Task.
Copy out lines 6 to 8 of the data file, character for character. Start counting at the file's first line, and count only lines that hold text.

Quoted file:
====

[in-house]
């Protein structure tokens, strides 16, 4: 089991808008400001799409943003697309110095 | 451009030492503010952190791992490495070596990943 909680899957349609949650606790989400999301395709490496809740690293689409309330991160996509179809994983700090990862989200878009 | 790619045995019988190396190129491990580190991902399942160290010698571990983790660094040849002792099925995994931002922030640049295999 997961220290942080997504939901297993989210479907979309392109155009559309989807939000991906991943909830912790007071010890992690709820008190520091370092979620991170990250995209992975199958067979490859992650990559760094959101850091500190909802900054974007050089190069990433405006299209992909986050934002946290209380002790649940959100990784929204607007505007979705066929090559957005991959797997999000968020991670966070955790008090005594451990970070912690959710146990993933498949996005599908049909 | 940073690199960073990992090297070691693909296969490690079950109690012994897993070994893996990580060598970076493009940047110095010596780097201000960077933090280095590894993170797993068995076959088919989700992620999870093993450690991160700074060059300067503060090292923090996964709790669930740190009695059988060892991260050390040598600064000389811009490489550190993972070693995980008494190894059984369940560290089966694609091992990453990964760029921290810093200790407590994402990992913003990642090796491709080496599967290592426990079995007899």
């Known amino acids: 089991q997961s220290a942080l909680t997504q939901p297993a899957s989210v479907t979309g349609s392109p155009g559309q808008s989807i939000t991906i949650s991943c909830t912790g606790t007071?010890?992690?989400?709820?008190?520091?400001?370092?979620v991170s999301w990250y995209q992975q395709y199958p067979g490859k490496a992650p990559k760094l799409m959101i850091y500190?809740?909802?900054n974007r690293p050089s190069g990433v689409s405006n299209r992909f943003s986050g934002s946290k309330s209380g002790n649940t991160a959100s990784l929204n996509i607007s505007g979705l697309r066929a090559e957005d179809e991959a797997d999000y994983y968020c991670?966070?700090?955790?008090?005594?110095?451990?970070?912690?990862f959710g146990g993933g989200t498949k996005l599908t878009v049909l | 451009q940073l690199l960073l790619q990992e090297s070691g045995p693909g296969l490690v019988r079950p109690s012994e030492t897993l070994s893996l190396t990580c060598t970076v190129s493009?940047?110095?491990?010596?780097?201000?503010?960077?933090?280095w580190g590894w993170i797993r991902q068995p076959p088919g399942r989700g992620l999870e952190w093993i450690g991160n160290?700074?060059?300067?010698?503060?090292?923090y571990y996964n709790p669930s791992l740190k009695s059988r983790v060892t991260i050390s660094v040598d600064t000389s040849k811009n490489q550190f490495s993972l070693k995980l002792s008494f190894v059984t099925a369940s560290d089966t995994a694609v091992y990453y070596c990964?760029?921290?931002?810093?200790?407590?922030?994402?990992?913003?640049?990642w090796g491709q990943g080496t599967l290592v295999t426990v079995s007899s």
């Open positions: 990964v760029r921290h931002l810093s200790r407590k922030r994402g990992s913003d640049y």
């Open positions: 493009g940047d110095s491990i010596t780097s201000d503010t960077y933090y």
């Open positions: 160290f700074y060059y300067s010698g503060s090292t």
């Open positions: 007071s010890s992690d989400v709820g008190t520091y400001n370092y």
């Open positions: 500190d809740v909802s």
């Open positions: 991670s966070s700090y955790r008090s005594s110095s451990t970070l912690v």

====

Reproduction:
């Open positions: 160290f700074y060059y300067s010698g503060s090292t």
């Open positions: 007071s010890s992690d989400v709820g008190t520091y400001n370092y």
């Open positions: 500190d809740v909802s």